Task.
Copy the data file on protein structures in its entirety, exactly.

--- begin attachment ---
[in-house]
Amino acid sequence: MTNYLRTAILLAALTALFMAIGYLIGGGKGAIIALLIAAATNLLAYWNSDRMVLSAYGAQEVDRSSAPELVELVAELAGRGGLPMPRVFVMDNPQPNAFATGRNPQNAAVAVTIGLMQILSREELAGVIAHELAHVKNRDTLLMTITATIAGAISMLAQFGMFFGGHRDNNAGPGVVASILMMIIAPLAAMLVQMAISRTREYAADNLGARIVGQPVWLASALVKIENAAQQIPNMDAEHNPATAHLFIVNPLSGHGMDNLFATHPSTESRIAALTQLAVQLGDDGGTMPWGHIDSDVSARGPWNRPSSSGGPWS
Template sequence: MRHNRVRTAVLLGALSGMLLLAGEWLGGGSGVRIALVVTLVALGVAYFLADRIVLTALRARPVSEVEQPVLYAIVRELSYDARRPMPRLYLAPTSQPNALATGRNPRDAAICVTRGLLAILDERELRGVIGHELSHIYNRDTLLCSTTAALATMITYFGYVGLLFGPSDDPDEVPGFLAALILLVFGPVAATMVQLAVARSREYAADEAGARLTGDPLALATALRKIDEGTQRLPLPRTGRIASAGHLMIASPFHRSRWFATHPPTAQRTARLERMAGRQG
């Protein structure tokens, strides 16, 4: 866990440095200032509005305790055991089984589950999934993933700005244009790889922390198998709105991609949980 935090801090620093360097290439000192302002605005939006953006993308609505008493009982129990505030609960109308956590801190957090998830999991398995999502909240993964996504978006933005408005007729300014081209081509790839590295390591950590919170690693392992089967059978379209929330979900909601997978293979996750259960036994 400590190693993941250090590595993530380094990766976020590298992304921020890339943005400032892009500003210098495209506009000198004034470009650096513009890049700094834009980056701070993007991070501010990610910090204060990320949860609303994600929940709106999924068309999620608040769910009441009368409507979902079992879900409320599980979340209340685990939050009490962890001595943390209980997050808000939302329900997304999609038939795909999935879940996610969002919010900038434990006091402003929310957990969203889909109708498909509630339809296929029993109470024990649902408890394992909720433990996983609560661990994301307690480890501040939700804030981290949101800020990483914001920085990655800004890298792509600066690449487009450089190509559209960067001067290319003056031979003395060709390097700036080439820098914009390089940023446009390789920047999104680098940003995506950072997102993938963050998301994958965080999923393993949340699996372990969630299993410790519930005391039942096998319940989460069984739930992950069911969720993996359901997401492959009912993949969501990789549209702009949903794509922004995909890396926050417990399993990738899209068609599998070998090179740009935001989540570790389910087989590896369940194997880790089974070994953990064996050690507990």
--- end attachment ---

[in-house]
Amino acid sequence: MTNYLRTAILLAALTALFMAIGYLIGGGKGAIIALLIAAATNLLAYWNSDRMVLSAYGAQEVDRSSAPELVELVAELAGRGGLPMPRVFVMDNPQPNAFATGRNPQNAAVAVTIGLMQILSREELAGVIAHELAHVKNRDTLLMTITATIAGAISMLAQFGMFFGGHRDNNAGPGVVASILMMIIAPLAAMLVQMAISRTREYAADNLGARIVGQPVWLASALVKIENAAQQIPNMDAEHNPATAHLFIVNPLSGHGMDNLFATHPSTESRIAALTQLAVQLGDDGGTMPWGHIDSDVSARGPWNRPSSSGGPWS
Template sequence: MRHNRVRTAVLLGALSGMLLLAGEWLGGGSGVRIALVVTLVALGVAYFLADRIVLTALRARPVSEVEQPVLYAIVRELSYDARRPMPRLYLAPTSQPNALATGRNPRDAAICVTRGLLAILDERELRGVIGHELSHIYNRDTLLCSTTAALATMITYFGYVGLLFGPSDDPDEVPGFLAALILLVFGPVAATMVQLAVARSREYAADEAGARLTGDPLALATALRKIDEGTQRLPLPRTGRIASAGHLMIASPFHRSRWFATHPPTAQRTARLERMAGRQG
């Protein structure tokens, strides 16, 4: 866990440095200032509005305790055991089984589950999934993933700005244009790889922390198998709105991609949980 935090801090620093360097290439000192302002605005939006953006993308609505008493009982129990505030609960109308956590801190957090998830999991398995999502909240993964996504978006933005408005007729300014081209081509790839590295390591950590919170690693392992089967059978379209929330979900909601997978293979996750259960036994 400590190693993941250090590595993530380094990766976020590298992304921020890339943005400032892009500003210098495209506009000198004034470009650096513009890049700094834009980056701070993007991070501010990610910090204060990320949860609303994600929940709106999924068309999620608040769910009441009368409507979902079992879900409320599980979340209340685990939050009490962890001595943390209980997050808000939302329900997304999609038939795909999935879940996610969002919010900038434990006091402003929310957990969203889909109708498909509630339809296929029993109470024990649902408890394992909720433990996983609560661990994301307690480890501040939700804030981290949101800020990483914001920085990655800004890298792509600066690449487009450089190509559209960067001067290319003056031979003395060709390097700036080439820098914009390089940023446009390789920047999104680098940003995506950072997102993938963050998301994958965080999923393993949340699996372990969630299993410790519930005391039942096998319940989460069984739930992950069911969720993996359901997401492959009912993949969501990789549209702009949903794509922004995909890396926050417990399993990738899209068609599998070998090179740009935001989540570790389910087989590896369940194997880790089974070994953990064996050690507990």